Bangalore Water Crisis: Residents forced to use Malls as Toilets, Gym Showers Amidst Inhabitable Conditions


The Indian city of Bangalore, also known as Bengaluru, is currently facing a severe water crisis. The situation has become so dire that residents of some upscale high-rise apartments are being forced to use malls and gyms to bathe and relieve themselves.

The image you sent appears to be a screenshot of a Facebook post from a resident of Prestige Falcon City, a high-end apartment complex in Bangalore. The resident complains that they have not had regular round-the-clock water supply for over a month. When water is available, it is often muddy and unfit for bathing. The residents’ association has reportedly advised tenants to use wet wipes and disposable cutlery for washing and eating.

The Cause of the Crisis

The water crisis in Bangalore is the result of a number of factors, including:

  • Decreased rainfall: Bangalore has been receiving below-average rainfall for several years. This has led to a depletion of the city’s reservoirs.
  • Rapid urbanization: Bangalore’s population has grown rapidly in recent years. This has put a strain on the city’s water resources.
  • Pollution: The pollution of Bangalore’s lakes and rivers has made them unusable as sources of drinking water.
  • Poor water management: The Bangalore Water Supply and Sewerage Board (BWSSB) has been criticized for its poor management of the city’s water resources.

The Impact of the Crisis

The water crisis is having a major impact on the lives of Bangalore’s residents. People are struggling to meet their basic needs for water for drinking, cooking, and sanitation. The lack of water is also leading to health problems, such as skin diseases and diarrhea.

The crisis is also having a negative impact on Bangalore’s economy. Businesses are struggling to operate without a reliable water supply. The water shortage is also discouraging potential investors from coming to the city.

What is Being Done to Address the Crisis?

The BWSSB is taking a number of steps to address the water crisis, including:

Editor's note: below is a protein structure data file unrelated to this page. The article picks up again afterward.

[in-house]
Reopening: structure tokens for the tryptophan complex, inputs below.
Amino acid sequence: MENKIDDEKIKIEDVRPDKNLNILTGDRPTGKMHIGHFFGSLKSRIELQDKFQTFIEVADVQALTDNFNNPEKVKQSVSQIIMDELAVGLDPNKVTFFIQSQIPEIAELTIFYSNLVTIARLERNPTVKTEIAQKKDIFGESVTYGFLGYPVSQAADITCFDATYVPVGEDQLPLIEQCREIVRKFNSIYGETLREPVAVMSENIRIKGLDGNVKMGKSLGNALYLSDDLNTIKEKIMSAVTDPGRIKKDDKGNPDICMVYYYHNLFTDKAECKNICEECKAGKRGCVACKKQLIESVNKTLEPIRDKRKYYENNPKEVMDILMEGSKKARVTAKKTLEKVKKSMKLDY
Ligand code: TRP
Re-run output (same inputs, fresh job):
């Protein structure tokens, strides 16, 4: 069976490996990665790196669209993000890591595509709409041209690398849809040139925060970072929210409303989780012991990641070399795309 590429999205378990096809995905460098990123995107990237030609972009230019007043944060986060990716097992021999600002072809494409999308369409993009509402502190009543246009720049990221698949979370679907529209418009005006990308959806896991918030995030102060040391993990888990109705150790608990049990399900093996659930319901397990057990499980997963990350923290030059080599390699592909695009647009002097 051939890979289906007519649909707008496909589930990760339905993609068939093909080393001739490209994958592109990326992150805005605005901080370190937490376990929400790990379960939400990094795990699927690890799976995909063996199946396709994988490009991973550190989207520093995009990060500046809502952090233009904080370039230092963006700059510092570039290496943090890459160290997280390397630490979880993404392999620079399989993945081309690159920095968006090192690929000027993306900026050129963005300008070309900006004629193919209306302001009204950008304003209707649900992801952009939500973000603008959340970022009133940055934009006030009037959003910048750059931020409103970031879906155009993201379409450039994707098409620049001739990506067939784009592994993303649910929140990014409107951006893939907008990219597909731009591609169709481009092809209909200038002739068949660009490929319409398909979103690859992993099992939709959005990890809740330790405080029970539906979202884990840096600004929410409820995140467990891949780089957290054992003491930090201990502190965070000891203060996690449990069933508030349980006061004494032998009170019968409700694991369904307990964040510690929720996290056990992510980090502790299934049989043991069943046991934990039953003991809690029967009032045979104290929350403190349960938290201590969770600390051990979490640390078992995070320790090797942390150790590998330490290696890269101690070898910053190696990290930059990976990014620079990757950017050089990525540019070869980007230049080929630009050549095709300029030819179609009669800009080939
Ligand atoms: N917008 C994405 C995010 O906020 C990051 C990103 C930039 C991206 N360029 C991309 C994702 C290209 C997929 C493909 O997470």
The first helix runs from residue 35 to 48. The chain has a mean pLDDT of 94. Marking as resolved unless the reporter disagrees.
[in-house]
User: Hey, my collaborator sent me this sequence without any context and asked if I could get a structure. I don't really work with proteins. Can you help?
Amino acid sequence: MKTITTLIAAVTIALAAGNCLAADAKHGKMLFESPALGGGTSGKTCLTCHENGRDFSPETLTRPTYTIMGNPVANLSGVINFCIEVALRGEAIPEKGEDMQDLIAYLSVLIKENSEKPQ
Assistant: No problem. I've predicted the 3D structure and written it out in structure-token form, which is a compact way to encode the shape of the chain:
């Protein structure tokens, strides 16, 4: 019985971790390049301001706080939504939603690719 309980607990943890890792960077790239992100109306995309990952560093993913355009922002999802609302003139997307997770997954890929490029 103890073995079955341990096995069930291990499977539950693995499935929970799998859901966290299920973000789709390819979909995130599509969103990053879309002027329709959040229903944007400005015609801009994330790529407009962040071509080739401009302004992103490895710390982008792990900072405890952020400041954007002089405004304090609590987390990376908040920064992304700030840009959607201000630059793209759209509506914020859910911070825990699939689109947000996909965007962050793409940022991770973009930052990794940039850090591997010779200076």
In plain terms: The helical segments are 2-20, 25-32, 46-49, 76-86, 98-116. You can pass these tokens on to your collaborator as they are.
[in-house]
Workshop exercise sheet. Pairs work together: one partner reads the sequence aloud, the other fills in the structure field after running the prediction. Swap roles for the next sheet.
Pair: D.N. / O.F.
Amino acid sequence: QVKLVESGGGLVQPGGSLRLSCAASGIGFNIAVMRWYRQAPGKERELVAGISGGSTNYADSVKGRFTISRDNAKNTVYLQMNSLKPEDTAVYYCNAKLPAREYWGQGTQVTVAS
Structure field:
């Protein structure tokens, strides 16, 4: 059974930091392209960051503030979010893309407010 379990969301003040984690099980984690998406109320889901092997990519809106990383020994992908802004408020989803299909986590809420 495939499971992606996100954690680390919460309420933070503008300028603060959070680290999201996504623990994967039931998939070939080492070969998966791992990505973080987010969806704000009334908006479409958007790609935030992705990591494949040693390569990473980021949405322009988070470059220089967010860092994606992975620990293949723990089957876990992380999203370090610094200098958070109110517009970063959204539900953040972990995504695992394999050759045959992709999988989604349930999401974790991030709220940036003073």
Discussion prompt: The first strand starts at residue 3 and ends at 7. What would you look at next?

• Rationing water supply: The BWSSB is rationing water supply in some parts of the city.
  • Drilling new borewells: The BWSSB is drilling new borewells to tap into groundwater resources.
  • Reusing wastewater: The BWSSB is exploring ways to reuse wastewater for non-potable purposes.
  • Desalination: The BWSSB is considering desalination as a long-term solution to the water crisis.

However, many residents believe that the BWSSB is not doing enough to address the crisis. They are calling for more transparency and accountability from the government.

The Future of Bangalore’s Water Supply

The future of Bangalore’s water supply is uncertain. The city is likely to continue to face water shortages in the coming years. It is important that the government takes steps to conserve water and develop new water sources.

What can you do to help?

There are a number of things that you can do to help conserve water in Bangalore:

  • Take shorter showers.
  • Fix leaky faucets.
  • Water your plants only when necessary.
  • Use water-efficient appliances.
  • Rainwater harvesting


The water crisis in Bangalore is a serious problem that is having a major impact on the lives of the city’s residents. The government needs to take urgent action to address the crisis.


Q Where is water scarcity in Bangalore?

A BENGALURU: Alarm bells are going off at 58 locations across the city, which according to BBMP have begun reporting drinking water scarcity in the run-up to summer. These locations are largely concentrated in the tech corridors of Mahadevapura and Bommanahalli along with RR Nagar, Yelahanka, and Dasarahalli zones.

Q Why is there hard water in Bangalore?

A Most of the water in Bangalore comes from borewells there is a lot of minerals present in water which are harmful to hair and skin. There are a lot of minerals such as calcium, chlorine, chloramine, carbonates, and bicarbonates present in Bangalore leading it to hard water.

Q What are the problems in Bangalore?

A Abstract — Bangalore is one of the fastest-growing cities in India. Challenges are apparent and part of any.Keywords — Water Shortage, Heavy traffic, Population, Air pollution, Waste management. Water Shortage, Heavy Traffic, Air Pollution, Population Explosion

Q Is RO required for Cauvery water?

A I studied and analyzed the Cauvery water which is very well with in the limits. So you don’t required any purifier . If you find any sediments or dirt , you can use simple filter at the entry point. Regarding any biological contaminations you suspect better boil the water and cool, drink it.

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